Taylor fought her case on the premise that all Canadians should have the
choice of assisted dying. But choice is contextual, and the choices we
make can shift based on how vulnerable we feel. Shame, loneliness and
anxiety about whether the support will be there as our bodies grow more
disabled — all are factors that affect our decision-making. I re-read
Taylor’s account as less hopeful than I initially realized. She was
fearful that her tight network of supporters — including her church
community — would irreparably loosen.
The Supreme Court’s
confirmation that Canadians have the constitutional right to choose
physician-assisted dying that followed Taylor’s death in 2013 has
launched me, and other members of the disability community I work with
as a researcher and ally, into a particular trajectory of anticipatory
grief. Assisted dying is presented to us as a choice. But the proposed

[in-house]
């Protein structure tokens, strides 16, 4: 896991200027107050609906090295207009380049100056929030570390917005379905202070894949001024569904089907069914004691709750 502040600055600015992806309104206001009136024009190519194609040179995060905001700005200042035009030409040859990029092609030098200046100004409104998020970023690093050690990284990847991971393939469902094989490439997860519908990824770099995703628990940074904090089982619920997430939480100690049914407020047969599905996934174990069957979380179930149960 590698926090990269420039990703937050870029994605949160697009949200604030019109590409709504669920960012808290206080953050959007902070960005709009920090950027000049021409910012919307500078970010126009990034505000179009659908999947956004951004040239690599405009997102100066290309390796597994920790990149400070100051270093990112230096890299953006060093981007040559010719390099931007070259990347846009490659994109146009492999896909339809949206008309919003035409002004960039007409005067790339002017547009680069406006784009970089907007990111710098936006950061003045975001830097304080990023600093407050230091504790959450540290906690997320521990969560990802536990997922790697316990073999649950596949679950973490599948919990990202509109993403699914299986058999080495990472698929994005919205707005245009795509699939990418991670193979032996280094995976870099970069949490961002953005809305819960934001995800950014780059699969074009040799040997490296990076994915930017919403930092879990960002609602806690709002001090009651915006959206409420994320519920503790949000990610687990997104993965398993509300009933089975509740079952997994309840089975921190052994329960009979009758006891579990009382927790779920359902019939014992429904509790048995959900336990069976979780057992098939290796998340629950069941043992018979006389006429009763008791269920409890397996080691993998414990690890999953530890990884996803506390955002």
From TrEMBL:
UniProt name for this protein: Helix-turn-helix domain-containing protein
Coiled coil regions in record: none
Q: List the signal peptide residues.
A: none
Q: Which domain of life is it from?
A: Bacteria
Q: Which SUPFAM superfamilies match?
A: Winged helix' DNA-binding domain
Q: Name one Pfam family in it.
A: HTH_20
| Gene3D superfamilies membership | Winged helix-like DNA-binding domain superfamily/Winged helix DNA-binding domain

Bill C-14, the act to decriminalize medically assisted dying, stipulates
that the choice is only available to competent adults. Others, like
intellectually disabled people or people with psychiatric disabilities,
can’t access this choice.
But even “competent” adults are at risk. They may choose to end their lives for fear of what lies ahead. The very real threats of institutionalization that disabled people face regularly — time spent on psychiatric wards, in group homes, in nursing homes — loom large. Their choices may be laced with anxiety about being absorbed into medical systems that too often frame disabled lives as undesirable.
I don’t begrudge Taylor’s pioneering advocacy. I remember her fondly. Yet, I realize that as Canadians, we are putting a lot of time and consideration into crafting laws that will support people in hastening death. Yet, there is room for more thought about how disability is received in our communities and what this means for our end-of-life decisions. Instead of falling into a trap where we equate disability with suffering, we can focus our energy on radically supporting and desiring disabled people’s lives as we navigate the outcomes of vulnerability and grapple with how we collectively choose to care with, and for, each other.
Chelsea Temple Jones teaches in the School of Disability Studies at Ryerson University.
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